Author Archive for David L

Teaching History with Children’s Literature: O is for Old Dominion


O is for Old Dominion was written by Pamela Duncan Edwards and illustrated by Troy Howell. This book is an excellent resource for teachers that are introducing children to Virginia’s history. Pamela Duncan Edwards does an extraordinary job discussing everything from the Arlington National Cemetery to the magnificent Monticello to Zachary Taylor. She discusses Virginia history in a simple alphabetical manner that even the youngest of readers can understand. Troy Howell also does an excellent job painting Virginia’s history in a vivid and lifelike manner. The child will turn each page to discover something new and exciting about the great state of Virginia. Pamela Duncan Edward also includes an easy to read yet challenging quiz at the end of the alphabet.

Curriculum Connection
Teachers that are introducing students to Virginia history in the first grade (VA SOL History 1.2) would use this book as an excellent reference to the many great individuals that were born in the great state of Virginia. When children are discussing the social and economic contributions (VA SOL VS.9d) of many great Virginians, this book could be used as an excellent resource for finding out more information on these individuals.

Additional Resources

  • Virginia Trivia Quiz is an interesting and fun trivia game asking children questions about Virginia in a very user-friendly manner.
  • Battleship is simple yet challenging game of Battleship where when the child guesses the right square then they must answer a question about Virginia history to receive an official “hit”.
  • Matching is a simple game that challenges the students to guess the right definitions of Virginia terms.


Book: O is for Old Dominion
Author: Pamela Duncan Edwards
Illustrator: Troy Howell
Publisher: Sleeping Bear Press
Publication Date: 2005
Pages: 36
Grade Range: 1-5
ISBN-10: 1585361615
ISBN-13: 978-1585361618

Teaching Civics with Children’s Literature: Thomas Jefferson


Introduction As the main author of the Declaration of Independence, Thomas Jefferson not only created the single most important piece of American literature, he also served as a United States secretary of state, vice president and eventually president. Victoria Sherrow did an outstanding job of writing this book based on Thomas Jefferson’s accomplishments and life journey. This book will educate all of those who read it on everything from Thomas Jefferson’s birthplace; Shadwell, to Thomas Jefferson “devoting many hours to his garden and acquiring a green thumb” (p. 40). Victoria Sherrow does an excellent job using easy to read language mixed with a colorful mixture of pictures and photos.

Curriculum Connections
This book would be an excellent source when introducing Thomas Jefferson into the curriculum. SOL 3.11 B discusses the contributions of many important individuals related to the foundation of America including Thomas Jefferson. This book could also be utilized when children are assigned to a reading station and are to answer questions about Thomas Jefferson.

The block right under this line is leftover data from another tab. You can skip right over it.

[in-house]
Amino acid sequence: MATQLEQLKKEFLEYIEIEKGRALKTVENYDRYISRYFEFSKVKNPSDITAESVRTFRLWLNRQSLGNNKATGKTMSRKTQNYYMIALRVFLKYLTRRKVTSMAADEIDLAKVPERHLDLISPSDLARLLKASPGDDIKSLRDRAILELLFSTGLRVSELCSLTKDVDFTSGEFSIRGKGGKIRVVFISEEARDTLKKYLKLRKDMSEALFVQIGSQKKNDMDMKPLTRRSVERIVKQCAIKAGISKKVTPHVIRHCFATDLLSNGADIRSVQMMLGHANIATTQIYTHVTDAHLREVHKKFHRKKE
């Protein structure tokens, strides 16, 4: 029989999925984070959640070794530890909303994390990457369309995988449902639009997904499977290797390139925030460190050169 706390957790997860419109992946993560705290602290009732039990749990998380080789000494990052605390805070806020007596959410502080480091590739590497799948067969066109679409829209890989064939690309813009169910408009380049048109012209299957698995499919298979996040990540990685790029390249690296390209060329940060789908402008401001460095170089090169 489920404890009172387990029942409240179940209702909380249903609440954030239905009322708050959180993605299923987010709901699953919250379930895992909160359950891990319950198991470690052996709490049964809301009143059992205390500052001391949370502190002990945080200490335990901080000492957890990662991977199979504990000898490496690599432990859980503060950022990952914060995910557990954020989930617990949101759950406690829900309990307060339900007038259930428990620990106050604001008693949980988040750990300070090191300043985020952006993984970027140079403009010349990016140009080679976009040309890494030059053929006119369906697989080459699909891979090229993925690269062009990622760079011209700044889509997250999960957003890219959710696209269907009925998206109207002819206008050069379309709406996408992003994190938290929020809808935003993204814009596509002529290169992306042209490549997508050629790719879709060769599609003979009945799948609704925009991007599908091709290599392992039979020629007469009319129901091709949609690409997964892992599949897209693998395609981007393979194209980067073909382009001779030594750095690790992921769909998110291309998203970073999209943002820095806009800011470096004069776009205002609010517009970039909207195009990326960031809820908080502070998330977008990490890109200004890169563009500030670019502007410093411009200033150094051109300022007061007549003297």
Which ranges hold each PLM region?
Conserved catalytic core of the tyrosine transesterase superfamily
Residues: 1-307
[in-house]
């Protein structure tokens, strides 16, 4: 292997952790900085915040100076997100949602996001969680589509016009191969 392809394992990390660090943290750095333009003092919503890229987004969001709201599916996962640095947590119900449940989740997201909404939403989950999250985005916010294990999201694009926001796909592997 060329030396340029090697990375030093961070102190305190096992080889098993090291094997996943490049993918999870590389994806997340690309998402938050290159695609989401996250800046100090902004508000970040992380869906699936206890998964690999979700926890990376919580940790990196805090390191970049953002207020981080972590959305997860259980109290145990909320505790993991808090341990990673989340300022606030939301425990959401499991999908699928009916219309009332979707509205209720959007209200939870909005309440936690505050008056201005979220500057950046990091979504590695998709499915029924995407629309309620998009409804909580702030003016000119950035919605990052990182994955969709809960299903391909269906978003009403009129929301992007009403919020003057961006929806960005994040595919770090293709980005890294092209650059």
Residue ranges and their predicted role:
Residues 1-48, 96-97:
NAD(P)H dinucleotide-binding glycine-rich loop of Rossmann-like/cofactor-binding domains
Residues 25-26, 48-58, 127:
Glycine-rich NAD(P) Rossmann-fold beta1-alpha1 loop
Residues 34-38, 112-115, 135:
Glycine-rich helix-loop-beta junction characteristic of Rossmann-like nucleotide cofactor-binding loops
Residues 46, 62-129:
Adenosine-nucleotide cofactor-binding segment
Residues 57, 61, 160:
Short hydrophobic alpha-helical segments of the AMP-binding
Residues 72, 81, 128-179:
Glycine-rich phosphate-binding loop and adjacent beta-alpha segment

Additional Resources

  • Puzzle is a fun game for younger children who are to rearrange the tiles to form a picture of Thomas Jefferson.
  • Trivia is a fun trivia game that is focused on Thomas Jefferson fun facts.
  • Meet TJ is an excellent online source for a child to learn everything there is to know about Thomas Jefferson.

Book: Thomas Jefferson
Victoria Sherrow
Tim Parlin
Lerner Publications Company
Publication Date:
48 pages
Grade Range:

Teaching Geography with Children’s Literature: Virginia: Facts and Symbols


Virginia: Facts and Symbols is a fact book all about the great state of Virginia. Bill McAuliffe does a wonderful job presenting children with all the knowledge they need to know. about Virginia. From learning Virginia’s nickname; Old Dominion, to learning that the state dog is the Foxhound, this book describes everything that a person may want to know about Virginia. With the turn of every page the reader learns a fun fact about Virginia. Children may need to know that the “state shell is the oyster shell”, or maybe they wanted to find out that the “state fish is the brook trout”(21). The photography inside the book is bright and colorful and a new picture is displayed with almost every page.

Curriculum Connections
This book would be best utilized for teachers who are studying the Geography SOL 1.4. Teachers can present this book when talking about the state’s capital. Since the book has plenty of pictures of Virginia inside of it, it could also be an excellent resource when teachers ask the students to identify the state by it’s shape. This book could also be presented by teachers who are discussing Geography SOL 1.6; the location of his/her community.

Additional Resources

  • FunTrivia: This website could be used as a fun introduction to studying the state of Virginia. It’s a fun quiz that is based on Virginia.
  • Printables: This is specifically made for teachers. It includes quite a few printables that are all based on the state of Virginia, including games, puzzles and quizzes.
  • Old Dominion: This would be a fun game to play that would challenge the students who have successfully completed all their other assignments. A fun crossword puzzle.

Book: Virginia: Facts and Symbols
Author: Bill McAuliffe
Publisher: Hilltop Books
Publication Date: 1999
Pages: 24
Grade Range: 1-4
ISBN: 978-0736802215

Teaching Economics with Children’s Literature: A Kid’s Guide to Earning Money


A Kid’s Guide to Earning Money, written by Tamra Orr, follows a class of fifth-graders as they learn different ways of earning cash. This book not only informs grade-age children on what jobs they can get but it also educates them on how to invest and save.